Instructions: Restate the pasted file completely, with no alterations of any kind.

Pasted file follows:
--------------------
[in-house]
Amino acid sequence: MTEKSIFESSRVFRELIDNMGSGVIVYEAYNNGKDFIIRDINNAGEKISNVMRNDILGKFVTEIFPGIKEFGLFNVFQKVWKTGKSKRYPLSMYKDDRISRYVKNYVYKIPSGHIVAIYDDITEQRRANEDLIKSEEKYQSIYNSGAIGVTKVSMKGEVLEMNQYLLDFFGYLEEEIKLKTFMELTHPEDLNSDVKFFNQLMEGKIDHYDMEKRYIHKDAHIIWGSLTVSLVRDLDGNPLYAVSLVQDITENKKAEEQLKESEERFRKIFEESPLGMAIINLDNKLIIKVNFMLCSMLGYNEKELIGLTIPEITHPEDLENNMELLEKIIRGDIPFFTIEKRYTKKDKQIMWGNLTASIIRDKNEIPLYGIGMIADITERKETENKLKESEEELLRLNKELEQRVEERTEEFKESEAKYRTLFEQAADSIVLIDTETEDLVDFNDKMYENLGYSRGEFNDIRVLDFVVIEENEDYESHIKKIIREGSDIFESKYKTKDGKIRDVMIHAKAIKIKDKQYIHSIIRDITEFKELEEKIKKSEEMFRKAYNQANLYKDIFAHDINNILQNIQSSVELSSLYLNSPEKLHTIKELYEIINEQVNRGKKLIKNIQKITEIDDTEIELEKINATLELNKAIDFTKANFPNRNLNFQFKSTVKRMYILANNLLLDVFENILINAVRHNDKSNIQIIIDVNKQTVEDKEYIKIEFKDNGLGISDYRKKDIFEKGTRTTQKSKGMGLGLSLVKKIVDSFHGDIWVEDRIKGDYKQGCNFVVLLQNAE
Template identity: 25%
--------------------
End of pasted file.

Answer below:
[in-house]
Amino acid sequence: MTEKSIFESSRVFRELIDNMGSGVIVYEAYNNGKDFIIRDINNAGEKISNVMRNDILGKFVTEIFPGIKEFGLFNVFQKVWKTGKSKRYPLSMYKDDRISRYVKNYVYKIPSGHIVAIYDDITEQRRANEDLIKSEEKYQSIYNSGAIGVTKVSMKGEVLEMNQYLLDFFGYLEEEIKLKTFMELTHPEDLNSDVKFFNQLMEGKIDHYDMEKRYIHKDAHIIWGSLTVSLVRDLDGNPLYAVSLVQDITENKKAEEQLKESEERFRKIFEESPLGMAIINLDNKLIIKVNFMLCSMLGYNEKELIGLTIPEITHPEDLENNMELLEKIIRGDIPFFTIEKRYTKKDKQIMWGNLTASIIRDKNEIPLYGIGMIADITERKETENKLKESEEELLRLNKELEQRVEERTEEFKESEAKYRTLFEQAADSIVLIDTETEDLVDFNDKMYENLGYSRGEFNDIRVLDFVVIEENEDYESHIKKIIREGSDIFESKYKTKDGKIRDVMIHAKAIKIKDKQYIHSIIRDITEFKELEEKIKKSEEMFRKAYNQANLYKDIFAHDINNILQNIQSSVELSSLYLNSPEKLHTIKELYEIINEQVNRGKKLIKNIQKITEIDDTEIELEKINATLELNKAIDFTKANFPNRNLNFQFKSTVKRMYILANNLLLDVFENILINAVRHNDKSNIQIIIDVNKQTVEDKEYIKIEFKDNGLGISDYRKKDIFEKGTRTTQKSKGMGLGLSLVKKIVDSFHGDIWVEDRIKGDYKQGCNFVVLLQNAE
Template identity: 25%